• Japan’s TOPIX index jumped 0.6 percent.
  • South Korea’s KOSPI gained 0.3 percent.
  • Australia’s S&P/ASX 200 Index rose 0.4 percent. Woolworths (AX:WOW) fell 3.7 percent, the most since May 2016, as it joined a slump in global grocery companies after Amazon.com's (NASDAQ:AMZN) decision to buy the US's Whole Foods Market (NASDAQ:WFM).
  • Hong Kong’s Hang Seng Index climbed 1 percent, after its first weekly decline in six weeks.
  • The Hang Seng China Enterprises Index jumped 1.3 percent, the most since May 25.
  • China's Shanghai Composite advanced 0.5 percent.


  • The Stoxx Europe 600 jumped 0.8 percent as of 8:11 a.m. in London, led by banking shares, after falling 0.5 percent last week.


  • S&P 500 Futures rose 0.2 percent after the underlying gauge posted a 0.1 percent advance last week.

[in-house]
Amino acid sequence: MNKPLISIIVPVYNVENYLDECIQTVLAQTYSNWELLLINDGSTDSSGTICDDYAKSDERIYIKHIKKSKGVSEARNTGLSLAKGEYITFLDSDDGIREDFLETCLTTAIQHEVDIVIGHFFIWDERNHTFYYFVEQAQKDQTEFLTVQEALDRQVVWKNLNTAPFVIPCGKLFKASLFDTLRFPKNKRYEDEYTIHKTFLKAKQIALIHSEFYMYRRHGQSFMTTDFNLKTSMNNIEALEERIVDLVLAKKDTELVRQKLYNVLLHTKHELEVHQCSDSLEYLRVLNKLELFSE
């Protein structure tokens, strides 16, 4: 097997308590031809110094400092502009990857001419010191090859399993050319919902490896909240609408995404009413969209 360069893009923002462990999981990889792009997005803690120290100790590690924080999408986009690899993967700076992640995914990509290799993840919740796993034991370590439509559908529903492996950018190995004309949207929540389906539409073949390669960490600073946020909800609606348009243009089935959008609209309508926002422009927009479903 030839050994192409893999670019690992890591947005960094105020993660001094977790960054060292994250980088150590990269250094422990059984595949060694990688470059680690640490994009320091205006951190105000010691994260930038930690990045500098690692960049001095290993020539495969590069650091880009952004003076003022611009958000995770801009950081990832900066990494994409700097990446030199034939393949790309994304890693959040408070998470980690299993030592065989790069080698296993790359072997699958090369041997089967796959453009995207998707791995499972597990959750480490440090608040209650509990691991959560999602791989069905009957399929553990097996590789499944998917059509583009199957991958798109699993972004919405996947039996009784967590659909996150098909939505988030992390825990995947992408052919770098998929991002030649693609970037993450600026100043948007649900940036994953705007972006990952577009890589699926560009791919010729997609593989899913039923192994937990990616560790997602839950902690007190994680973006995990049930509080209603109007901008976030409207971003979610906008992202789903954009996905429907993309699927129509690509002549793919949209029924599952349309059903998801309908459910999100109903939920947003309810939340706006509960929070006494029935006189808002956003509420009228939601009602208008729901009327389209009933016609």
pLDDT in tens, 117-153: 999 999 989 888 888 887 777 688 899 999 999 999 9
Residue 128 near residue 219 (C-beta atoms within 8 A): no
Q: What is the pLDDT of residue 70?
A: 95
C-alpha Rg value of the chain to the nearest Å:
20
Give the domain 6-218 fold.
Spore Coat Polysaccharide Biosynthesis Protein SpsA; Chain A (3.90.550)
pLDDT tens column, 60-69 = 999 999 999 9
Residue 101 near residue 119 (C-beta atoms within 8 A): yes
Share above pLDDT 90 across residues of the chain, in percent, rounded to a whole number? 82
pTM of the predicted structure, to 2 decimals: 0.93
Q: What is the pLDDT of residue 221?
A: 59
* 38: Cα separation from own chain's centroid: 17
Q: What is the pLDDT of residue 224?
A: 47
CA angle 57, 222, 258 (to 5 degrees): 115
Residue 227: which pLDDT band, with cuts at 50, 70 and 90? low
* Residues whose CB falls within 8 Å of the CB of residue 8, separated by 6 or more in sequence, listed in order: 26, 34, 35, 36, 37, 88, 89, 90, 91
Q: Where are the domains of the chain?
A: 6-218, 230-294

• The yen declined 0.1 percent to 110.94 per dollar.
    • The dollar is flat, on a failed recovery after Friday’s 0.28 percent decline. It climbed on the European market open 0.12 percent, but retreated to yesterday’s close.
    • The Aussie retreated less than 0.1 percent from its highest level since the end of March.
    • The kiwi strengthened 0.3 percent.
    • The Korean won climbed 0.2 percent, after dropping 0.9 percent on Friday.
    • The pound is up 0.16 percent after it fell 0.1 percent to $1.2770. Formal negotiations on the U.K.’s exit from the European Union are due to start.
    • The euro was little changed against the dollar, but fell 0.2 percent against the pound, as French President Emmanuel Macron’s party was poised to win the biggest majority in 15 years. The voter turnout was only about 44 percent.



    Gold Daily

    • Gold slipped less than 0.1 percent to $1,252.59 an ounce, heading for an eighth decline in nine sessions.
      • West Texas Intermediate crude oil slid 0.3 percent to $44.63 a barrel, nearing its lowest level since November.